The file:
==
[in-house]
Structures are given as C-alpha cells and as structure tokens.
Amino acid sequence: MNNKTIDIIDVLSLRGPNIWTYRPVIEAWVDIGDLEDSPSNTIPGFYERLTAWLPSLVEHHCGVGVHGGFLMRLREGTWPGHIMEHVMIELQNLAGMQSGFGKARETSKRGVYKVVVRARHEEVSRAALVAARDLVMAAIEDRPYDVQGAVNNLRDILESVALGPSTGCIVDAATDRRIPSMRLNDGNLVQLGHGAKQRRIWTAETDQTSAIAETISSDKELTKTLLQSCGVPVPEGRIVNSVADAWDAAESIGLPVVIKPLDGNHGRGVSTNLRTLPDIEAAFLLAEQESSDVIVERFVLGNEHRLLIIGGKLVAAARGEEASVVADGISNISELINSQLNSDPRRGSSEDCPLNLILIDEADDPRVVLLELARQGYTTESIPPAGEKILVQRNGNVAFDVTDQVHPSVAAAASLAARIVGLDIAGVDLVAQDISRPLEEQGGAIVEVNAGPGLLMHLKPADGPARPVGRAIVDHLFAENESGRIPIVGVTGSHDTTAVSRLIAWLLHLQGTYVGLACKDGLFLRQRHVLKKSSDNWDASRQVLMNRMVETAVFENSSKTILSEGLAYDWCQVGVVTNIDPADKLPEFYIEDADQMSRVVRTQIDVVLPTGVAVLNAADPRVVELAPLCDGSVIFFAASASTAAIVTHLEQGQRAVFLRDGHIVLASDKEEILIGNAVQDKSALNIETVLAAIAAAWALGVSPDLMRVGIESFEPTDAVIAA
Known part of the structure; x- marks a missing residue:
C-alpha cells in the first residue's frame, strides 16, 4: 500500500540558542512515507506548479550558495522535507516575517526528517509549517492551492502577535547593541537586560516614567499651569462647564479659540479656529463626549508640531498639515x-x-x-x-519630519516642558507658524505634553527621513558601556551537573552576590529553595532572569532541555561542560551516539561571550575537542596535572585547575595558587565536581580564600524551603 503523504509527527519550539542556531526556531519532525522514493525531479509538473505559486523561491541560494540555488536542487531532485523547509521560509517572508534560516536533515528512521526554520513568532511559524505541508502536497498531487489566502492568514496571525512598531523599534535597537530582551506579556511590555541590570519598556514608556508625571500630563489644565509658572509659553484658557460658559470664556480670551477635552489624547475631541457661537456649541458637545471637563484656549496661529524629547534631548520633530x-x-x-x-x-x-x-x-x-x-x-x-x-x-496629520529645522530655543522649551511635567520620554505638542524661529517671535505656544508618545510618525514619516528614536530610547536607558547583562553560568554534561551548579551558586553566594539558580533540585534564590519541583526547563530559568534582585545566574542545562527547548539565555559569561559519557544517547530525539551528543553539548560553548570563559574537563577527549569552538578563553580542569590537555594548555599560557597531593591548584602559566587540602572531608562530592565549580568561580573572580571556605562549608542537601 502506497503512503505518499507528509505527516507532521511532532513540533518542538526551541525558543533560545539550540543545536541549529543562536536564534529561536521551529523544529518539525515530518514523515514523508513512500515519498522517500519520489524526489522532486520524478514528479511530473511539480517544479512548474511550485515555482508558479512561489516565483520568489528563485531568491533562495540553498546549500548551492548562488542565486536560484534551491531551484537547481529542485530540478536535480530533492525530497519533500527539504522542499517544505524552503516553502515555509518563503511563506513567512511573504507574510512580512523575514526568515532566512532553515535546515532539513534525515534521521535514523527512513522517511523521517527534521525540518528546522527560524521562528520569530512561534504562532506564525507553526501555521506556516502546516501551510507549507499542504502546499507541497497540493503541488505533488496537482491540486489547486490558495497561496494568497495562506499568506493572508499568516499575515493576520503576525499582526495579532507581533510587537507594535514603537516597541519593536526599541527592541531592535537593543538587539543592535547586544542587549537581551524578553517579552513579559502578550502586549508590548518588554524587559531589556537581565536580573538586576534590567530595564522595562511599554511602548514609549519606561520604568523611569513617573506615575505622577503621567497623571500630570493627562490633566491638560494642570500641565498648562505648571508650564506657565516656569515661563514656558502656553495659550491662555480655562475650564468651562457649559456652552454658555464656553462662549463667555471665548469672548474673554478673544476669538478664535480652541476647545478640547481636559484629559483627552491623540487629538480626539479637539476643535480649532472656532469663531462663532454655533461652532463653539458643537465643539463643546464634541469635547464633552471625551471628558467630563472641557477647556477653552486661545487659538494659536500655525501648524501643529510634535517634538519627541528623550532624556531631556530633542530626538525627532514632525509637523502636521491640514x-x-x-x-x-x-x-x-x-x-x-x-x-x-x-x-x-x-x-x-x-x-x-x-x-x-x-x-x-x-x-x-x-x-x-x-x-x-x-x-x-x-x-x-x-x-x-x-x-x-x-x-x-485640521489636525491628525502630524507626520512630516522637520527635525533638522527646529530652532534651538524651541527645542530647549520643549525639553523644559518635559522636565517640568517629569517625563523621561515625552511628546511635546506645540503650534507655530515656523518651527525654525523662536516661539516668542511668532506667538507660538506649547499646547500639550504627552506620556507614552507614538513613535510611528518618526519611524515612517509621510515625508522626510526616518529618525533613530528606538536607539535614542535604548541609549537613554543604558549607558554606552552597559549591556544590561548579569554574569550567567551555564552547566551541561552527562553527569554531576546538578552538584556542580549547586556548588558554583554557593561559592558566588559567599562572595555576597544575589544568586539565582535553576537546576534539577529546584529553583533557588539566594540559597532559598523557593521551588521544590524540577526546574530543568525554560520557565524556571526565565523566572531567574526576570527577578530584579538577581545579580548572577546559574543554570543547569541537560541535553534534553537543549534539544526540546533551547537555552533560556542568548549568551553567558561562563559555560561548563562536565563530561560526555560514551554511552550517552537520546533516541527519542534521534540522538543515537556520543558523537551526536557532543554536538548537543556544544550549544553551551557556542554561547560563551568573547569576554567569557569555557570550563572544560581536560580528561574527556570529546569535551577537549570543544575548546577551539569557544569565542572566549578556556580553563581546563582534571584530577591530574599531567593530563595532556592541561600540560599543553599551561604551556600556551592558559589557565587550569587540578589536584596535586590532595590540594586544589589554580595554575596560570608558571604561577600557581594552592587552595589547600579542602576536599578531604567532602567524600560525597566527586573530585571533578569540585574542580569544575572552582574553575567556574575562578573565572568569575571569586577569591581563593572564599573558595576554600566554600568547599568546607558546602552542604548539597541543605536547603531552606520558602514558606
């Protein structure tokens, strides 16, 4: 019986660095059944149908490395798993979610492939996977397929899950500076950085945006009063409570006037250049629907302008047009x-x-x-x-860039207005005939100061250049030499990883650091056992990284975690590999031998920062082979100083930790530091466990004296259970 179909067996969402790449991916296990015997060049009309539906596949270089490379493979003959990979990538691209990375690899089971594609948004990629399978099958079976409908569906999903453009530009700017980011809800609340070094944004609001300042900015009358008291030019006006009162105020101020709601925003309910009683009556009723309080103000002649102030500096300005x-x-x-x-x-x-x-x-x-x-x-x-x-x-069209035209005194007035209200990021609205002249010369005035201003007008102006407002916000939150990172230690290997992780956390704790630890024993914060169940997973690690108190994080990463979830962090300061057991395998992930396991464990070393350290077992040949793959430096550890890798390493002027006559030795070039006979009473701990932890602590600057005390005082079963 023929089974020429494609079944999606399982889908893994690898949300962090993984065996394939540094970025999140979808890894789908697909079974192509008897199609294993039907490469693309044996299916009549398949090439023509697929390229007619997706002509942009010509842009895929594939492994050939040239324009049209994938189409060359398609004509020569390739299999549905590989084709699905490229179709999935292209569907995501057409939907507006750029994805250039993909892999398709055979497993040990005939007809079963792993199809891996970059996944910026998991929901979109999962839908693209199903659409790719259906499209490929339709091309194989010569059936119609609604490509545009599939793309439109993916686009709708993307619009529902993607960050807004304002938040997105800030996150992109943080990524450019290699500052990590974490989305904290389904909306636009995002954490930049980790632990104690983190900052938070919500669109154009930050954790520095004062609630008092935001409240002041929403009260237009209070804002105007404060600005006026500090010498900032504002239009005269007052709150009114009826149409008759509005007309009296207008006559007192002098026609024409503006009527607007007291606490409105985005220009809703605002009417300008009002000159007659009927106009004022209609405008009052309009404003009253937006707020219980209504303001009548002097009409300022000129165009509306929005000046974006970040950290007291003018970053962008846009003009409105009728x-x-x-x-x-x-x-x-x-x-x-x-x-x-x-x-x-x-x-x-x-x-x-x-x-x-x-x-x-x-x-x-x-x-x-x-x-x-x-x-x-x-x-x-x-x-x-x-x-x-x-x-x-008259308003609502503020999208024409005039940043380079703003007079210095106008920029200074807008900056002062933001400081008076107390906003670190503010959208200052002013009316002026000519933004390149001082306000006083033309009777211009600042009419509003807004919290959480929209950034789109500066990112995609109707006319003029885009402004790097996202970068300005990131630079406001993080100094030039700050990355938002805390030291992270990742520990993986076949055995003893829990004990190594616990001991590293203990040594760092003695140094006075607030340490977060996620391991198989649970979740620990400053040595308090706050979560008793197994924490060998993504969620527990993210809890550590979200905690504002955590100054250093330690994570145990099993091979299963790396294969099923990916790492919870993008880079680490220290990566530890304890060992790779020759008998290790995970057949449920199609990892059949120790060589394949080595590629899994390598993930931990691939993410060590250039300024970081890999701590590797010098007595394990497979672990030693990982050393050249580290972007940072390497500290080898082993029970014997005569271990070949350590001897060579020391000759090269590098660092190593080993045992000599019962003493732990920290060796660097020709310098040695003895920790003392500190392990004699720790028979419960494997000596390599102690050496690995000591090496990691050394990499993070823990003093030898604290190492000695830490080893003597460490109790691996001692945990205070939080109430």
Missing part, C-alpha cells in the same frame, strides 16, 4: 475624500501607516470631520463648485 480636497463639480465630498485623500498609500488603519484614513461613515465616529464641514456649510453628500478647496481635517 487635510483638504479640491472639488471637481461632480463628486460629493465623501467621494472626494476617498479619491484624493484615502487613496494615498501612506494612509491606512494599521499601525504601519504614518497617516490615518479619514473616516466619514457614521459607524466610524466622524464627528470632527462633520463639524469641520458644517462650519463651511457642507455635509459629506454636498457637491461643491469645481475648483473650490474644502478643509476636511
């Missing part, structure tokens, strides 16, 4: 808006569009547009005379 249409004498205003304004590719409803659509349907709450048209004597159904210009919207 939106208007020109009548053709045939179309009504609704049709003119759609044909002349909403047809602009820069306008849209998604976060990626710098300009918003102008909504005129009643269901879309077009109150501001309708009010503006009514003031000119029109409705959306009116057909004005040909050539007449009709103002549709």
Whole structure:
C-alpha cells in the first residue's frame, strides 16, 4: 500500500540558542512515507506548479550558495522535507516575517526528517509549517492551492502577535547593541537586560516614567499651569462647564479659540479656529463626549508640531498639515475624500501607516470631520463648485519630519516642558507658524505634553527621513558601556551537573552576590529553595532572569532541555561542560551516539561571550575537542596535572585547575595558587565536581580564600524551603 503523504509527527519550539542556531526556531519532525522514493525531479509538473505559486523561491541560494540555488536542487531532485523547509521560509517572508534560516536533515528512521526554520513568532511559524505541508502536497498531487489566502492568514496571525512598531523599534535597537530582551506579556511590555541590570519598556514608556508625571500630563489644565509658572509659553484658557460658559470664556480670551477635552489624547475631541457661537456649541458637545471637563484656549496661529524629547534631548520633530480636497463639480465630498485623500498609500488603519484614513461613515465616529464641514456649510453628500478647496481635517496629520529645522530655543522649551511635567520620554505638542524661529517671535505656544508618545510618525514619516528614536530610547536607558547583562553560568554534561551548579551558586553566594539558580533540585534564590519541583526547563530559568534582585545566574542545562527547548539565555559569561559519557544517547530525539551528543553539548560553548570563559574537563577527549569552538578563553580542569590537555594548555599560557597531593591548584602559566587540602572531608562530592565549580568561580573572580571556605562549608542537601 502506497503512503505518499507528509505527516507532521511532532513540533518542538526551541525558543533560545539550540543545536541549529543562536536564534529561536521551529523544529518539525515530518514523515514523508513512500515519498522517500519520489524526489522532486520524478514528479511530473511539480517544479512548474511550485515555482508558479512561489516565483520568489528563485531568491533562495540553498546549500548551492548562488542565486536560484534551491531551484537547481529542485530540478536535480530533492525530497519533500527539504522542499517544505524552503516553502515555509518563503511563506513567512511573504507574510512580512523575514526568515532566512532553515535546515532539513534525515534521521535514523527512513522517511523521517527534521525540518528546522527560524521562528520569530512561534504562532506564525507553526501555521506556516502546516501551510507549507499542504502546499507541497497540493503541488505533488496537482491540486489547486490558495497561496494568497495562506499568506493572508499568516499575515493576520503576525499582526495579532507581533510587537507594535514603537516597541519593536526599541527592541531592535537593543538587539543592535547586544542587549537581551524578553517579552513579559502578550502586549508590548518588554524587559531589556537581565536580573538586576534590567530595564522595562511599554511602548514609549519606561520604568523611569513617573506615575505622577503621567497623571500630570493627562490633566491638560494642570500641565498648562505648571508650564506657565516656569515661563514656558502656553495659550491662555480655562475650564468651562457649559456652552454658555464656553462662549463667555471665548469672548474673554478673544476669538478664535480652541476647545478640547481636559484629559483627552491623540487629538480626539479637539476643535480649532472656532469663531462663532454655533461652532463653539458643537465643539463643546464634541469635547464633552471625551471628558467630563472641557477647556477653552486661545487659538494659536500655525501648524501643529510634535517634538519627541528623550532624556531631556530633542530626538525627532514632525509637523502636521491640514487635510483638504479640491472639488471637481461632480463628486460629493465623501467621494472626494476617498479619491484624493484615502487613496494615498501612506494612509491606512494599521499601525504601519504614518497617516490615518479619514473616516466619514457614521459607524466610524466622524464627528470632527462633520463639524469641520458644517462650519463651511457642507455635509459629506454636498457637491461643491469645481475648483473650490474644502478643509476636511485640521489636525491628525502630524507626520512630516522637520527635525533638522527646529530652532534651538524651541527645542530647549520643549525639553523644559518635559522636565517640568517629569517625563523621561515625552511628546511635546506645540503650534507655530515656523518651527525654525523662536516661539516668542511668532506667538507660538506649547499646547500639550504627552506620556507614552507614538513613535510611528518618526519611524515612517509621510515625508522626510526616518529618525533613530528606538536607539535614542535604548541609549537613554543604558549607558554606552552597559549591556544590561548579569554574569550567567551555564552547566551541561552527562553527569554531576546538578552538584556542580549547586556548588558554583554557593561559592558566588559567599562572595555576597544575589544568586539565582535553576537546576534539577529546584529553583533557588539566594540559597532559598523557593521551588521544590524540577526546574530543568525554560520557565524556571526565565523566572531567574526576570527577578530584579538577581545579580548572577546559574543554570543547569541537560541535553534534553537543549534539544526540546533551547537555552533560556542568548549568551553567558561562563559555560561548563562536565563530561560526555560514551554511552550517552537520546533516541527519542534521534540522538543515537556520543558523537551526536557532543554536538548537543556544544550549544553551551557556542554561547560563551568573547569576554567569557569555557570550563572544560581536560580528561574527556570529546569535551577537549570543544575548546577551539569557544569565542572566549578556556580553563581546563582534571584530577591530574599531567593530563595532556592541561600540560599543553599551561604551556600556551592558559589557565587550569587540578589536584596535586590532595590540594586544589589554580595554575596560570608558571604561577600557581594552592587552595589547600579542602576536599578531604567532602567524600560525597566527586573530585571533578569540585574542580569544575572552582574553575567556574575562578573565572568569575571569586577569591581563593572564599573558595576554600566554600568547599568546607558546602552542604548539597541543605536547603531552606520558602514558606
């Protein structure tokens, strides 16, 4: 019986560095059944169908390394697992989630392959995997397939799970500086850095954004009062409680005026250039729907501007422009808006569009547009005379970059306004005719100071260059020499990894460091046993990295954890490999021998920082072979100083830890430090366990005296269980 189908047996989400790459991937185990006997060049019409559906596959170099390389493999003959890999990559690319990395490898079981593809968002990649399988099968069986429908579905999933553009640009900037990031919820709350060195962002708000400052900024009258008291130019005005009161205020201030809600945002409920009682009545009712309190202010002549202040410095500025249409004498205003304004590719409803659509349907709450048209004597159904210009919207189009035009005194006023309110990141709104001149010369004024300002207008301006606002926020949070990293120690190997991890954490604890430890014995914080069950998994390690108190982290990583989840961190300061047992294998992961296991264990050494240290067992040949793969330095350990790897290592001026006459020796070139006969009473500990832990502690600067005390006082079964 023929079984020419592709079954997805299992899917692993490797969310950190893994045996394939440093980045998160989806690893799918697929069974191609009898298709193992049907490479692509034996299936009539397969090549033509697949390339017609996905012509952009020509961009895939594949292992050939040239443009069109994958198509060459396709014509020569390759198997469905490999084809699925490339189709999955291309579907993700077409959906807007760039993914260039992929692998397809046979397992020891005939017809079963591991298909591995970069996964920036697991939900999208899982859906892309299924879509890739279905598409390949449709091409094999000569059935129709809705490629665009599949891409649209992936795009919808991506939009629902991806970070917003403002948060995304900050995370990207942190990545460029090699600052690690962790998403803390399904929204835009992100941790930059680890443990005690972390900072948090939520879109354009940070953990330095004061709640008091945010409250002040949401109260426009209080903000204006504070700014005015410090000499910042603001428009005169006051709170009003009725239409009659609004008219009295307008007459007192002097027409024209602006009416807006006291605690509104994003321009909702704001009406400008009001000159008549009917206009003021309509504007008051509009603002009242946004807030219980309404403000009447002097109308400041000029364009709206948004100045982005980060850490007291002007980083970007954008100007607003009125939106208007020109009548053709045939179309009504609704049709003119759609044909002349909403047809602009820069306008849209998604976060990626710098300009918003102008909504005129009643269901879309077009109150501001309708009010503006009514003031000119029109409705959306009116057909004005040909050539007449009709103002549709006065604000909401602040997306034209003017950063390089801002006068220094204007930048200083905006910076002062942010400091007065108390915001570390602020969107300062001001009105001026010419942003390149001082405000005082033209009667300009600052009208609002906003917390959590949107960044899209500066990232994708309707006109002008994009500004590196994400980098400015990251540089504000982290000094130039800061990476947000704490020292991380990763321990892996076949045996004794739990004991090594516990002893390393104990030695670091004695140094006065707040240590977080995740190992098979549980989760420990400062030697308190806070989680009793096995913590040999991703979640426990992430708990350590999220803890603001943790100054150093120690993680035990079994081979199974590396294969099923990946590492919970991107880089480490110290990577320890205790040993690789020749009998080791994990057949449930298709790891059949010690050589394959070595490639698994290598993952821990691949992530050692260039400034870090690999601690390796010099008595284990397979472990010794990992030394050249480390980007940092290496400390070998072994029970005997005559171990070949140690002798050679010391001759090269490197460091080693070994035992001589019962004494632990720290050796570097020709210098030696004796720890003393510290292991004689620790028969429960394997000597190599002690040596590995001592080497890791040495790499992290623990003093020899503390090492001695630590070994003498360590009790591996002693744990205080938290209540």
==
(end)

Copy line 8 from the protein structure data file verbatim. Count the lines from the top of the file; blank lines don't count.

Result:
């Missing part, structure tokens, strides 16, 4: 808006569009547009005379 249409004498205003304004590719409803659509349907709450048209004597159904210009919207 939106208007020109009548053709045939179309009504609704049709003119759609044909002349909403047809602009820069306008849209998604976060990626710098300009918003102008909504005129009643269901879309077009109150501001309708009010503006009514003031000119029109409705959306009116057909004005040909050539007449009709103002549709």